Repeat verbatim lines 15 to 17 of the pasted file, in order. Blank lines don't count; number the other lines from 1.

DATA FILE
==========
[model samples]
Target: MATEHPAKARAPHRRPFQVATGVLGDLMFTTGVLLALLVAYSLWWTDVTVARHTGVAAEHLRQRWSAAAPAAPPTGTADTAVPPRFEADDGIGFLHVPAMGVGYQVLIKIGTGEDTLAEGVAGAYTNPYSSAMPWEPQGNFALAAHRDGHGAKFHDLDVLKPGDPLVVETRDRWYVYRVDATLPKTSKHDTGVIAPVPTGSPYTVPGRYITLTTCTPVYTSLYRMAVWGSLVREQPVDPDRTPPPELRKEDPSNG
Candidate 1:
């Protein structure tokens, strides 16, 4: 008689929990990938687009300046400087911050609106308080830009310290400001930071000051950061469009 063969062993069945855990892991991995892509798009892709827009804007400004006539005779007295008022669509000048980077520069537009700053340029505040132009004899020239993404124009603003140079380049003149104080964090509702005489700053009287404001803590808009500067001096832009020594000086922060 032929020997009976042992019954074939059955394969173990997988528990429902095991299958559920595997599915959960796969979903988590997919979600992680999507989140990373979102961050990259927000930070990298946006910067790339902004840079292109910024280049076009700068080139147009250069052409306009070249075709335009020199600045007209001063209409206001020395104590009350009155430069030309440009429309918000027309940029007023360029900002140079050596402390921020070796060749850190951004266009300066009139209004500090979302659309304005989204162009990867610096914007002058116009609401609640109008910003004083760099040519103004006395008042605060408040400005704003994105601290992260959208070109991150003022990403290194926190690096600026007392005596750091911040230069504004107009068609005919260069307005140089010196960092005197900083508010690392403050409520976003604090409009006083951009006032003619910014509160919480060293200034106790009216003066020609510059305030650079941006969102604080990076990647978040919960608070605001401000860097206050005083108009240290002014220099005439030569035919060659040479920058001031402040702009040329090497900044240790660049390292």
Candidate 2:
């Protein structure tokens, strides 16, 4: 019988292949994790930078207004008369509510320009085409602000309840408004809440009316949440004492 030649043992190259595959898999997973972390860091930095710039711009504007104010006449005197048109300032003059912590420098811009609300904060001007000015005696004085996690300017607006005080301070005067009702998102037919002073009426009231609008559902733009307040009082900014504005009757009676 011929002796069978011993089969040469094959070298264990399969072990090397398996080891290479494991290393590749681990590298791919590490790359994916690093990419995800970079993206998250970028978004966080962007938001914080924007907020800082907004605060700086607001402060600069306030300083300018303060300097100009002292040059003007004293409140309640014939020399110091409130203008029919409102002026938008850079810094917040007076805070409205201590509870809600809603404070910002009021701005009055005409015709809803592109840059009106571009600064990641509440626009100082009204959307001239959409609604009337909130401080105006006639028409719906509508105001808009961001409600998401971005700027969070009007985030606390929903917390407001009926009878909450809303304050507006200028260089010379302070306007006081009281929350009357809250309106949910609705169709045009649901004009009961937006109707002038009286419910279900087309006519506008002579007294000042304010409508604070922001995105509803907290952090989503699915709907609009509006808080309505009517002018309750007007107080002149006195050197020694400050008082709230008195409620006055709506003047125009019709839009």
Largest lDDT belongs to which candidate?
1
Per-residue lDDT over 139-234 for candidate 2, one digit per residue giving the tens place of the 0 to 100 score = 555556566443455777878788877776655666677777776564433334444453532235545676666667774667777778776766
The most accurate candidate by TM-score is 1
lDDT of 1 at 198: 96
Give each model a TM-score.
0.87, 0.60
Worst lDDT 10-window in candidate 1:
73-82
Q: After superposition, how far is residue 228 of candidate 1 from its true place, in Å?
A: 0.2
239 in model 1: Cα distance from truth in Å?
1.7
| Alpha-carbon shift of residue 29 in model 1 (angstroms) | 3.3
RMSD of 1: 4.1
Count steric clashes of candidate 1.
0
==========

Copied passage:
73-82
Q: After superposition, how far is residue 228 of candidate 1 from its true place, in Å?
A: 0.2